Kansas Governor Laura Kelly Vetoes Bill That Would Strip Away Access to Essential Health Care for Transgender Youth

by Cullen Peele

SB 233 is Sixth Anti-LGBTQ+ Bill Vetoed by the Governor

Topeka, KS - Today, Kansas Governor Laura Kelly vetoed SB 233, which, if enacted, would ban crucial, medically necessary health care for transgender youth. This is the latest anti-LGBTQ bill to be rejected by the governor, who vetoed a similar bill targeting gender affirming care last year, in addition to a slew of other extremist, anti-LGBTQ+ bills. Human Rights Campaign Senior Director, Legal Policy Cathryn Oakley released the following statement:

“We continue to thank Governor Kelly for seeing bills like SB 233 for what they really are: dangerous misinformation and attempts to target vulnerable youth for the sole purpose of riling up anti-LGBTQ+ extremists. If any legislation seeks to ban best practice, medically necessary health care for no purpose other than the person receiving that care is transgender, that is discrimination - plain and simple. Doctors, patients, and families – not politicians – should be making health care decisions. As Governor Kelly has made clear with her previous vetoes of other anti-LGBTQ+ bills, discrimination is not in line with Kansan values. Legislators should do the right thing and sustain this veto”

Human Rights Campaign Senior Director, Legal Policy Cathryn Oakley

Other bills vetoed by Governor Kelly over the past year that target transgender Kansans include:

  • SB 26: Similar to SB 233, prohibits transgender youth from receiving gender affirming care

  • SB 180: Applies a definition of gender discriminating against transgender individuals

  • SB 228: Requires individuals to use restrooms aligning with their gender assigned at birth

  • HB 2128: Forces misgendering in overnight and jail cell accommodations for transgender Kansans

  • HB 2238: Bans the participation of transgender student athletes in school sports

Before 2020, no state had ever introduced legislation to ban health care for transgender Americans, which has been safely prescribed for decades and has the support of every major medical association and leading health authority. This places the Kansas legislature’s majority at odds with most Kansans and people nationwide. Americans would prefer that politicians either protect transgender people or not focus on transgender issues at all. Only 17% of Americans, and only 29% of Republicans, say politicians should focus on restricting gender-affirming care.

THE FACTS: Gender-Affirming Care

Every credible medical organization – representing over 1.3 million doctors in the United States – calls for age-appropriate gender-affirming care for transgender and non-binary people. “Transition-related” or “gender-affirming” care looks different for every transgender and non-binary person. Parents, their kids, and doctors make decisions together, and no medical interventions with permanent consequences happen until a transgender person is old enough to give truly informed consent.

This is why majorities of Americans oppose criminalizing or banning gender affirming care. Two recent national surveys report that majorities of Americans oppose “criminalizing” or “banning” gender transition-related medical care for minors: 54% oppose (NPR/Marist on 3/20-23, 2023); 53% oppose (Grinnell College National Survey on 3/14-19, 2023). Democrats and Independents drive opposition to such legislation, suggesting that support for such bans carries risk in a general election context.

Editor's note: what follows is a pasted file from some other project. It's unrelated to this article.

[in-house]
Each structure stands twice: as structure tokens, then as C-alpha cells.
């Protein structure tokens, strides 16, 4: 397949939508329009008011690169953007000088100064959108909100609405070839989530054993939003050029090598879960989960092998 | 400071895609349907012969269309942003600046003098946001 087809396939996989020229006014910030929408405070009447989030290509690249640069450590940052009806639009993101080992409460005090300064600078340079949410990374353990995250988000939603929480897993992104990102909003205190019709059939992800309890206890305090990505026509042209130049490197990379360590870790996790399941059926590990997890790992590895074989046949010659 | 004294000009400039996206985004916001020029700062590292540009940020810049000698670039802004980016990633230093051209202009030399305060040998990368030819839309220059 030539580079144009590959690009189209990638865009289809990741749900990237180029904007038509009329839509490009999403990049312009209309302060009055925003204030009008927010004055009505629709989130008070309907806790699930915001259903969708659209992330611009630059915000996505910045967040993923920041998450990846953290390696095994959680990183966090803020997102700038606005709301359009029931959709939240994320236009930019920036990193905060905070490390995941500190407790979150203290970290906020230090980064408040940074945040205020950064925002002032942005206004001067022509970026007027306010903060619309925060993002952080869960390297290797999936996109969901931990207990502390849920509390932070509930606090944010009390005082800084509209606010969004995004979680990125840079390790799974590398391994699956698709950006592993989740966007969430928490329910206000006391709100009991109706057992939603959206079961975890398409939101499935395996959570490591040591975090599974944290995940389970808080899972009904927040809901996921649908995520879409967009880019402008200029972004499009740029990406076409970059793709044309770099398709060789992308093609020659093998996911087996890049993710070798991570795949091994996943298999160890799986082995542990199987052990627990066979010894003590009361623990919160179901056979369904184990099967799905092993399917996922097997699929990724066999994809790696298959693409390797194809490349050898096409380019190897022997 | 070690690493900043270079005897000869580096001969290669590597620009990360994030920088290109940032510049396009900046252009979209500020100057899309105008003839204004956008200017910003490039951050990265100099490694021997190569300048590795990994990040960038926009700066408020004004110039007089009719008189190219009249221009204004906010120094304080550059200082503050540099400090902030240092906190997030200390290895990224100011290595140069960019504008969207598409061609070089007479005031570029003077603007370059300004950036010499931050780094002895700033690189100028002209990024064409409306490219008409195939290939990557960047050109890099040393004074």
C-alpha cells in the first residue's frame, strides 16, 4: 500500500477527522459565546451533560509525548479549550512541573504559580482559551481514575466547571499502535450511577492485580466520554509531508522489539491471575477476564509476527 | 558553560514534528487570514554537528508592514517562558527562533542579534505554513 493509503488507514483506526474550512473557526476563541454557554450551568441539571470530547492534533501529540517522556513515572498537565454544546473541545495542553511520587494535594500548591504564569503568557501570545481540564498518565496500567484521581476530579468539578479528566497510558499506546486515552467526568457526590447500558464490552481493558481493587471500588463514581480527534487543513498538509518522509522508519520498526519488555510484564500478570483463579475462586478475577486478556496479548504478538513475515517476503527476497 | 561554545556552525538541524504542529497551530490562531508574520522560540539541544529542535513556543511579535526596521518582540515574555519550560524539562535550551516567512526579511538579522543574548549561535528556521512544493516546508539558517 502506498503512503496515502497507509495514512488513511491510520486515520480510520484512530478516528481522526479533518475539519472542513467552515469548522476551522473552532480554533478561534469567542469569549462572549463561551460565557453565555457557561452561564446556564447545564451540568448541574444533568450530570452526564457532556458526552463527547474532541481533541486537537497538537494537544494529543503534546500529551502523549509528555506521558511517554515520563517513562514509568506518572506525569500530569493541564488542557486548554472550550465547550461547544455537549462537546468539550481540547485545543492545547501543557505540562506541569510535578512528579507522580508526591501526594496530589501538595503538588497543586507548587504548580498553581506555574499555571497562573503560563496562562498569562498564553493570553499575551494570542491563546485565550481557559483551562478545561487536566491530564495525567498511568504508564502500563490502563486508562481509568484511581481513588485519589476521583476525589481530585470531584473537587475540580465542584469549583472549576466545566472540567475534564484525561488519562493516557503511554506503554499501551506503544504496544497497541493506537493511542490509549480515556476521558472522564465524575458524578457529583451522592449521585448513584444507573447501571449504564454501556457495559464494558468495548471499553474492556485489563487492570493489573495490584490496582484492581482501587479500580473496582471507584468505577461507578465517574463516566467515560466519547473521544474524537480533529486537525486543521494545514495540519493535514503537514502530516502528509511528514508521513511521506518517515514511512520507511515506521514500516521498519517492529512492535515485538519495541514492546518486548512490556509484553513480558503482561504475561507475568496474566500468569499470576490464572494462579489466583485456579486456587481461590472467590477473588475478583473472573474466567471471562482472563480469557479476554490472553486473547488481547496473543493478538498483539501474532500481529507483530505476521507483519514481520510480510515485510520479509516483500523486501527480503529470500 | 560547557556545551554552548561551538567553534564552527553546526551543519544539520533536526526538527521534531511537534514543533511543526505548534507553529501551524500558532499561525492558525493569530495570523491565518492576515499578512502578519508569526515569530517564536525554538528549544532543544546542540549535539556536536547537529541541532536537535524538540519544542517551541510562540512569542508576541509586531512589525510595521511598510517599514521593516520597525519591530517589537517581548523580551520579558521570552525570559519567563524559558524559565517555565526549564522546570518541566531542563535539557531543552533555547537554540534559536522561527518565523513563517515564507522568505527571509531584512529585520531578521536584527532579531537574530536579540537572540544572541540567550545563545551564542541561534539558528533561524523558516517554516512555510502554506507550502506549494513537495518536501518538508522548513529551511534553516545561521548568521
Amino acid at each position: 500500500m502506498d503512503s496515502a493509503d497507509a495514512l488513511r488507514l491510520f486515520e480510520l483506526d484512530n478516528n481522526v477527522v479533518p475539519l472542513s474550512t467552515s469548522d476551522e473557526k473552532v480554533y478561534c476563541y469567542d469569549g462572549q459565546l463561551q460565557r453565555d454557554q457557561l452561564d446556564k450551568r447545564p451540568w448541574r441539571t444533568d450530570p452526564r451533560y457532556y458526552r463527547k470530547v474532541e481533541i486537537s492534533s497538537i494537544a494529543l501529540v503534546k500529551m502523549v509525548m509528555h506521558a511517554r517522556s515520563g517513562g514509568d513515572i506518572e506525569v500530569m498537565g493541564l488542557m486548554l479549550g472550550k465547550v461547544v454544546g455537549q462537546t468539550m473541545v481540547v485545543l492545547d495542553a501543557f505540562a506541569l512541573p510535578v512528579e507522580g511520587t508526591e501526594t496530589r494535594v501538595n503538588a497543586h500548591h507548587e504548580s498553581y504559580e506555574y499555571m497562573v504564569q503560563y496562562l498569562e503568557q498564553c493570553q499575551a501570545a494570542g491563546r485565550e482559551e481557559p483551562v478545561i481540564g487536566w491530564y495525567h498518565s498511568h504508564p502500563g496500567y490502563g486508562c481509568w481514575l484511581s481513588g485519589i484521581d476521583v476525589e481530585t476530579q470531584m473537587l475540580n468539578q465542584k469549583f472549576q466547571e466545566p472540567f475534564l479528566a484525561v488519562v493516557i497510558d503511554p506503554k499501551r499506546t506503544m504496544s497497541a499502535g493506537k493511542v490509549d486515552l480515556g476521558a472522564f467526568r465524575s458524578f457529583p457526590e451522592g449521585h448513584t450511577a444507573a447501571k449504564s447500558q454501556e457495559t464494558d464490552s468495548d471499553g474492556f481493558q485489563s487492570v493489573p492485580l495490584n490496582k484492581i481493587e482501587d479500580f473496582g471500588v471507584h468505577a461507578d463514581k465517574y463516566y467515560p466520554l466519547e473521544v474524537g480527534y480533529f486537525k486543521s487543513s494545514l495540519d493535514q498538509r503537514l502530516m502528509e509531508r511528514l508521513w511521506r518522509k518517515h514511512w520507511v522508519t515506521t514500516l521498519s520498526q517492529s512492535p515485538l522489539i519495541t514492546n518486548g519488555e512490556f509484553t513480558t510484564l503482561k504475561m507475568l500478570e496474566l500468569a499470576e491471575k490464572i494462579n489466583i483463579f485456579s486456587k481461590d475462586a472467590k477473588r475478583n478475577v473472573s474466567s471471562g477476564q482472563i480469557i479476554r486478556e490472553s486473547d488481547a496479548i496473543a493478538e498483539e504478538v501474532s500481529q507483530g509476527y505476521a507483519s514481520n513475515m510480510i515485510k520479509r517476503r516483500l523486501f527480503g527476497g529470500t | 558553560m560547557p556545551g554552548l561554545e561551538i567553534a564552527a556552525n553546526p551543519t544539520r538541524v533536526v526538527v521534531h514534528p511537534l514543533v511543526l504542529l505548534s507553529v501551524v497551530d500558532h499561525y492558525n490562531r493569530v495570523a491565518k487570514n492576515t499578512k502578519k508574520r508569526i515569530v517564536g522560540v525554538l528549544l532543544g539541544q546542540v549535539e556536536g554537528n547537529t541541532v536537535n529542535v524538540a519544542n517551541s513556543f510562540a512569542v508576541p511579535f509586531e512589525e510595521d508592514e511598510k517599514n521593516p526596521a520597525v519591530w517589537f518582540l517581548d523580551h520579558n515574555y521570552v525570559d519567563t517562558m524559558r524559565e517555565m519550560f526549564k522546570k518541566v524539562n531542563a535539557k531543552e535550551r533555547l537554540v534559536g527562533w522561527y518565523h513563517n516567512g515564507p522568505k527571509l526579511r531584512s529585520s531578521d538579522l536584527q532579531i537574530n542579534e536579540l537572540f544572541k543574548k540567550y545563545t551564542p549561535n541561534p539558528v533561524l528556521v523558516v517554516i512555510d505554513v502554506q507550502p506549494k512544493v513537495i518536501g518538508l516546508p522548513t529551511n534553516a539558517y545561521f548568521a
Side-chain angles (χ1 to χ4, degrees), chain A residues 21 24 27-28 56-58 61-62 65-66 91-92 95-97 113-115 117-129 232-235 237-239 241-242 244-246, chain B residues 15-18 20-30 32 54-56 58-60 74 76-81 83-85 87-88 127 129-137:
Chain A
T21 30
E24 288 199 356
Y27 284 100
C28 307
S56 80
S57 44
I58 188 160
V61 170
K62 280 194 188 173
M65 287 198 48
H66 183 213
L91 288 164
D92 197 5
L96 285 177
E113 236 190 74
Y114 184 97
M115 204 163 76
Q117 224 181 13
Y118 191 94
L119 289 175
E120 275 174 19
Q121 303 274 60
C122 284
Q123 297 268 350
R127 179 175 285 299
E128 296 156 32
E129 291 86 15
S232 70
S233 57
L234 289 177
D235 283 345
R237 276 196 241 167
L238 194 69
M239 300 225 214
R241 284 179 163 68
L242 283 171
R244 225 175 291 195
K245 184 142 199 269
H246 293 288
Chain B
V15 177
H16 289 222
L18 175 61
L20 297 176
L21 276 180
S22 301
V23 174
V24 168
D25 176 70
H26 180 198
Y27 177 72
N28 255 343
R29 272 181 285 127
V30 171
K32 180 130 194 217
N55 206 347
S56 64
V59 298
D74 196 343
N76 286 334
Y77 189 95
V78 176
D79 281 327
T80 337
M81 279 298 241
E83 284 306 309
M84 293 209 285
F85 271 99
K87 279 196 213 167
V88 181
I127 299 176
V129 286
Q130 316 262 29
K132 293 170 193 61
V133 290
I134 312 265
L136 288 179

Gender transition is a personal process that can include changing clothes, names, and hairstyles to fit a person’s gender identity. Some people take medication, and some do not; some adults have surgeries, and others do not. How someone transitions is their choice, to be made with their family and their doctor. Therapists, parents and health care providers work together to determine which changes to make at a given time that are in the best interest of the child. In most young children, this care can be entirely social. This means:

  • New name

  • New hairstyle

  • New Clothing

  • None of this care is irreversible

Being transgender is not new. Some say it can feel like being transgender is very new – but that’s because the media has been covering it more in recent months and years. But transgender people have always existed and will continue to exist regardless of the bills we pass. And very few transgender people change their mind.

ALL gender-affirming care is age-appropriate, medically necessary, supported by all major medical organizations, made in consultation with medical and mental health professionals AND parents. And in many cases, this care is lifesaving: A recent study from the Trevor Project provides data supporting this — transgender youth with access to gender-affirming hormone therapy have lower rates of depression and are at a lower risk for suicide.

For more information, please visit hrc.org/transgender as well as these resources:

The Human Rights Campaign is America’s largest civil rights organization working to achieve equality for lesbian, gay, bisexual, transgender and queer people. HRC envisions a world where LGBTQ+ people are embraced as full members of society at home, at work and in every community.


Contact Us

To make a general inquiry, please visit our contact page. Members of the media can reach our press office at: (202) 572-8968 or email press@hrc.org.